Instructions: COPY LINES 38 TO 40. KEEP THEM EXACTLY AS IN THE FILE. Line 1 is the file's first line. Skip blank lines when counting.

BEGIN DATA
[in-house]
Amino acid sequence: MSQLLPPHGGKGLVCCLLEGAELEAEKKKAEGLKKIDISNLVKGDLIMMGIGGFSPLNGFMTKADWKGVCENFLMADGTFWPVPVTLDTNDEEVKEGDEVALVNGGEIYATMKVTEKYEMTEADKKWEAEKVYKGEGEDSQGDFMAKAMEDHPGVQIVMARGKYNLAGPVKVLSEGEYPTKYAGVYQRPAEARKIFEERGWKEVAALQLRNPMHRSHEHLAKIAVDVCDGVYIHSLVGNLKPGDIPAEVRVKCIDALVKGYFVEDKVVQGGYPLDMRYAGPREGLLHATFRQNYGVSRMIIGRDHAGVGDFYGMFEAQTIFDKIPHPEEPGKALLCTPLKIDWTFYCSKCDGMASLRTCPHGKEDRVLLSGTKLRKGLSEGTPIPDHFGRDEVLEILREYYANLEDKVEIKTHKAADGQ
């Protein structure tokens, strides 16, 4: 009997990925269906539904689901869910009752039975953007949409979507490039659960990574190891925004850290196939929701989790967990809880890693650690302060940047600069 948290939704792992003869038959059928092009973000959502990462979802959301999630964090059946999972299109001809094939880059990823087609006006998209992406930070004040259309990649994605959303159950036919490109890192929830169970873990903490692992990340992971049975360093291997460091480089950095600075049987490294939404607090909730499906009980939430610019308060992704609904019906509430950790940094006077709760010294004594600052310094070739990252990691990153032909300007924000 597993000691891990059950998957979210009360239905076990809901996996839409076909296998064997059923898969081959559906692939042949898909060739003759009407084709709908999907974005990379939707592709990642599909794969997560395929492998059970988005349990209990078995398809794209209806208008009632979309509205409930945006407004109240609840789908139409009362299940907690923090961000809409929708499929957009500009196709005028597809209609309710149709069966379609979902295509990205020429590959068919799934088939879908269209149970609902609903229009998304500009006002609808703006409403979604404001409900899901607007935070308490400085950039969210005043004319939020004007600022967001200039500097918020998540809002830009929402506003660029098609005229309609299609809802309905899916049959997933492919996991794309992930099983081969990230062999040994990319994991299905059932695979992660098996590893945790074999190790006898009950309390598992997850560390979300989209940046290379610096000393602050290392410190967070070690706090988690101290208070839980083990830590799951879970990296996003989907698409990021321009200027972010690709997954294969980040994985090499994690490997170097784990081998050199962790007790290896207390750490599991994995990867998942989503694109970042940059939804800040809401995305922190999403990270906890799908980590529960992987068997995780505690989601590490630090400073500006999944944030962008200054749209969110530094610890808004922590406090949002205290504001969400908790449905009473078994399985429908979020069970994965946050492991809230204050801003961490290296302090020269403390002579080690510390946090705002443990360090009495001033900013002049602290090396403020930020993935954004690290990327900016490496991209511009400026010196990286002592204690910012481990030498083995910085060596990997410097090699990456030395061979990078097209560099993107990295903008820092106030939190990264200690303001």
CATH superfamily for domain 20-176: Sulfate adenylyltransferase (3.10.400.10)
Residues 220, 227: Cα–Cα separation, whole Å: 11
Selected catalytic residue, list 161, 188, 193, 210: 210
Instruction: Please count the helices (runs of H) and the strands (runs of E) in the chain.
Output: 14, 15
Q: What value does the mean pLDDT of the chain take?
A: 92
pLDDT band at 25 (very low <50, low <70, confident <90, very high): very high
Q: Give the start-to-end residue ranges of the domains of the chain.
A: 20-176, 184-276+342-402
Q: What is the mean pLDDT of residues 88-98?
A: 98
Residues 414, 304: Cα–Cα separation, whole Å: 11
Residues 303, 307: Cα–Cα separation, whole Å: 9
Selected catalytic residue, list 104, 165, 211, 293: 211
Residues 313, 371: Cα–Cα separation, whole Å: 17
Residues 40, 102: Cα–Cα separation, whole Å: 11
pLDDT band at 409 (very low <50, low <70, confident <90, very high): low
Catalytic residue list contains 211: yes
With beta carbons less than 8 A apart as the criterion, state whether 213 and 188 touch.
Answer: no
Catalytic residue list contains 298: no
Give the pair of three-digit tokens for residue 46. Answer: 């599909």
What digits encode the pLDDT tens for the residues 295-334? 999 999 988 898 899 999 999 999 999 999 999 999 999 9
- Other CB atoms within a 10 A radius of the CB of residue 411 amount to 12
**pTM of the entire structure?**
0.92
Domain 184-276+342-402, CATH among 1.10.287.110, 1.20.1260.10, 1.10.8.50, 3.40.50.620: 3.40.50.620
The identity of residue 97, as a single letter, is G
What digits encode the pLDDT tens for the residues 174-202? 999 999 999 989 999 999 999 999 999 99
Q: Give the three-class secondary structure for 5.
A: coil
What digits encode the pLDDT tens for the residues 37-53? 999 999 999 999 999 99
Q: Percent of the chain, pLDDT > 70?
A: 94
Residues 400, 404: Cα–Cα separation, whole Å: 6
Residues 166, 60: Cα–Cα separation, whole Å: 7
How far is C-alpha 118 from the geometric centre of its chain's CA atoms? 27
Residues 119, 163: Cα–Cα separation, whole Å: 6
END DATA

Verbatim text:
A: 94
Residues 400, 404: Cα–Cα separation, whole Å: 6
Residues 166, 60: Cα–Cα separation, whole Å: 7